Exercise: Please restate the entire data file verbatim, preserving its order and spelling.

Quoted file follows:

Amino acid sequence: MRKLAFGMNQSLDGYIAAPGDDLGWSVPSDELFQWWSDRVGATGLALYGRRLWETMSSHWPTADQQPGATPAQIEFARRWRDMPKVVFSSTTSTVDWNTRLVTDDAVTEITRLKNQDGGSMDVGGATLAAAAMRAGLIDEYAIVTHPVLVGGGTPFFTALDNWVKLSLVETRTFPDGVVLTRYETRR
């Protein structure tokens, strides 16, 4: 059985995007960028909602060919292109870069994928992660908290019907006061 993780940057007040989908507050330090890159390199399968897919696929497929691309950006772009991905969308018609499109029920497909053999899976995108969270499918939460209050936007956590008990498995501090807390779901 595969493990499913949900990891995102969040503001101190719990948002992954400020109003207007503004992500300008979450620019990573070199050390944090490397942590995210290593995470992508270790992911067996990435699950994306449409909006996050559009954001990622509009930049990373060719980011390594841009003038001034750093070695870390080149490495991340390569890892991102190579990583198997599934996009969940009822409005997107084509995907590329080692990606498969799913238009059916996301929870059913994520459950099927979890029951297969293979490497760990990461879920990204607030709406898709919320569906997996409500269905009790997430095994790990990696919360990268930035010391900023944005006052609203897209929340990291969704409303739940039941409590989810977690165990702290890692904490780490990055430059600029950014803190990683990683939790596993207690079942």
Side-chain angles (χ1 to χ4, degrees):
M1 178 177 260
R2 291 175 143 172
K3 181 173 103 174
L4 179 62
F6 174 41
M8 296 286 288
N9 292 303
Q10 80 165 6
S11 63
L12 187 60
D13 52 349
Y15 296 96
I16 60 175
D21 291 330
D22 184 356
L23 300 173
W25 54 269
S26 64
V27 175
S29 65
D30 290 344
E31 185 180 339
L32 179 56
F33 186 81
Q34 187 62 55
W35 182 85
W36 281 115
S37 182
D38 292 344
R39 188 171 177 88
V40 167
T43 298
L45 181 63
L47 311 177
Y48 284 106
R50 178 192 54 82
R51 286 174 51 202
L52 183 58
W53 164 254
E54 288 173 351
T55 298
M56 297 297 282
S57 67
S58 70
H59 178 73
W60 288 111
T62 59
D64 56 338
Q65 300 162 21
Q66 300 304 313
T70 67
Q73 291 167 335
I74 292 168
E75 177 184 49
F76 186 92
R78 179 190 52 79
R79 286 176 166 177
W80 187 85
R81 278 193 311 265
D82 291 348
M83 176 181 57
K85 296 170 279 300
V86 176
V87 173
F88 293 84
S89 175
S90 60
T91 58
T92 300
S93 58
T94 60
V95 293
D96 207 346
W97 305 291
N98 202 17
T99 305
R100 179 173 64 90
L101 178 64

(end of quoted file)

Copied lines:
Amino acid sequence: MRKLAFGMNQSLDGYIAAPGDDLGWSVPSDELFQWWSDRVGATGLALYGRRLWETMSSHWPTADQQPGATPAQIEFARRWRDMPKVVFSSTTSTVDWNTRLVTDDAVTEITRLKNQDGGSMDVGGATLAAAAMRAGLIDEYAIVTHPVLVGGGTPFFTALDNWVKLSLVETRTFPDGVVLTRYETRR
């Protein structure tokens, strides 16, 4: 059985995007960028909602060919292109870069994928992660908290019907006061 993780940057007040989908507050330090890159390199399968897919696929497929691309950006772009991905969308018609499109029920497909053999899976995108969270499918939460209050936007956590008990498995501090807390779901 595969493990499913949900990891995102969040503001101190719990948002992954400020109003207007503004992500300008979450620019990573070199050390944090490397942590995210290593995470992508270790992911067996990435699950994306449409909006996050559009954001990622509009930049990373060719980011390594841009003038001034750093070695870390080149490495991340390569890892991102190579990583198997599934996009969940009822409005997107084509995907590329080692990606498969799913238009059916996301929870059913994520459950099927979890029951297969293979490497760990990461879920990204607030709406898709919320569906997996409500269905009790997430095994790990990696919360990268930035010391900023944005006052609203897209929340990291969704409303739940039941409590989810977690165990702290890692904490780490990055430059600029950014803190990683990683939790596993207690079942």
Side-chain angles (χ1 to χ4, degrees):
M1 178 177 260
R2 291 175 143 172
K3 181 173 103 174
L4 179 62
F6 174 41
M8 296 286 288
N9 292 303
Q10 80 165 6
S11 63
L12 187 60
D13 52 349
Y15 296 96
I16 60 175
D21 291 330
D22 184 356
L23 300 173
W25 54 269
S26 64
V27 175
S29 65
D30 290 344
E31 185 180 339
L32 179 56
F33 186 81
Q34 187 62 55
W35 182 85
W36 281 115
S37 182
D38 292 344
R39 188 171 177 88
V40 167
T43 298
L45 181 63
L47 311 177
Y48 284 106
R50 178 192 54 82
R51 286 174 51 202
L52 183 58
W53 164 254
E54 288 173 351
T55 298
M56 297 297 282
S57 67
S58 70
H59 178 73
W60 288 111
T62 59
D64 56 338
Q65 300 162 21
Q66 300 304 313
T70 67
Q73 291 167 335
I74 292 168
E75 177 184 49
F76 186 92
R78 179 190 52 79
R79 286 176 166 177
W80 187 85
R81 278 193 311 265
D82 291 348
M83 176 181 57
K85 296 170 279 300
V86 176
V87 173
F88 293 84
S89 175
S90 60
T91 58
T92 300
S93 58
T94 60
V95 293
D96 207 346
W97 305 291
N98 202 17
T99 305
R100 179 173 64 90
L101 178 64